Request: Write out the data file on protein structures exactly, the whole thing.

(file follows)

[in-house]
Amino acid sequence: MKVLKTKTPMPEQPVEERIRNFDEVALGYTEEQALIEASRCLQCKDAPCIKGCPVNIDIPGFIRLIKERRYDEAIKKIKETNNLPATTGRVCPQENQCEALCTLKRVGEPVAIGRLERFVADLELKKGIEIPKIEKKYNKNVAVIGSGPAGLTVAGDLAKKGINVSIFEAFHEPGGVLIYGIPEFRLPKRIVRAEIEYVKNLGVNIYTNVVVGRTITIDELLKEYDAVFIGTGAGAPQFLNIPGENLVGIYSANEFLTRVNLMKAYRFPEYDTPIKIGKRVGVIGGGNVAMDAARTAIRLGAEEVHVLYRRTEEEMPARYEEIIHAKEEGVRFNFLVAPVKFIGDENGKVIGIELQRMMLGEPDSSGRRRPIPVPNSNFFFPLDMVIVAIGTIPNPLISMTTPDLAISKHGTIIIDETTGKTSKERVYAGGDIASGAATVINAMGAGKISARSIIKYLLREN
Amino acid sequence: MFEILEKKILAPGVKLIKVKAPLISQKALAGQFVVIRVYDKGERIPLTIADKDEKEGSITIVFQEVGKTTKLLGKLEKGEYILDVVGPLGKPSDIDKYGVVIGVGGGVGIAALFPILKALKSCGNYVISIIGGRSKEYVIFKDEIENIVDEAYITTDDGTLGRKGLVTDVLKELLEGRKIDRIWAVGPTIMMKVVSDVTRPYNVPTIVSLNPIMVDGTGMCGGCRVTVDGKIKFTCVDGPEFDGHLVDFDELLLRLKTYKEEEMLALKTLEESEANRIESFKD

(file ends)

[in-house]
Amino acid sequence: MKVLKTKTPMPEQPVEERIRNFDEVALGYTEEQALIEASRCLQCKDAPCIKGCPVNIDIPGFIRLIKERRYDEAIKKIKETNNLPATTGRVCPQENQCEALCTLKRVGEPVAIGRLERFVADLELKKGIEIPKIEKKYNKNVAVIGSGPAGLTVAGDLAKKGINVSIFEAFHEPGGVLIYGIPEFRLPKRIVRAEIEYVKNLGVNIYTNVVVGRTITIDELLKEYDAVFIGTGAGAPQFLNIPGENLVGIYSANEFLTRVNLMKAYRFPEYDTPIKIGKRVGVIGGGNVAMDAARTAIRLGAEEVHVLYRRTEEEMPARYEEIIHAKEEGVRFNFLVAPVKFIGDENGKVIGIELQRMMLGEPDSSGRRRPIPVPNSNFFFPLDMVIVAIGTIPNPLISMTTPDLAISKHGTIIIDETTGKTSKERVYAGGDIASGAATVINAMGAGKISARSIIKYLLREN
Amino acid sequence: MFEILEKKILAPGVKLIKVKAPLISQKALAGQFVVIRVYDKGERIPLTIADKDEKEGSITIVFQEVGKTTKLLGKLEKGEYILDVVGPLGKPSDIDKYGVVIGVGGGVGIAALFPILKALKSCGNYVISIIGGRSKEYVIFKDEIENIVDEAYITTDDGTLGRKGLVTDVLKELLEGRKIDRIWAVGPTIMMKVVSDVTRPYNVPTIVSLNPIMVDGTGMCGGCRVTVDGKIKFTCVDGPEFDGHLVDFDELLLRLKTYKEEEMLALKTLEESEANRIESFKD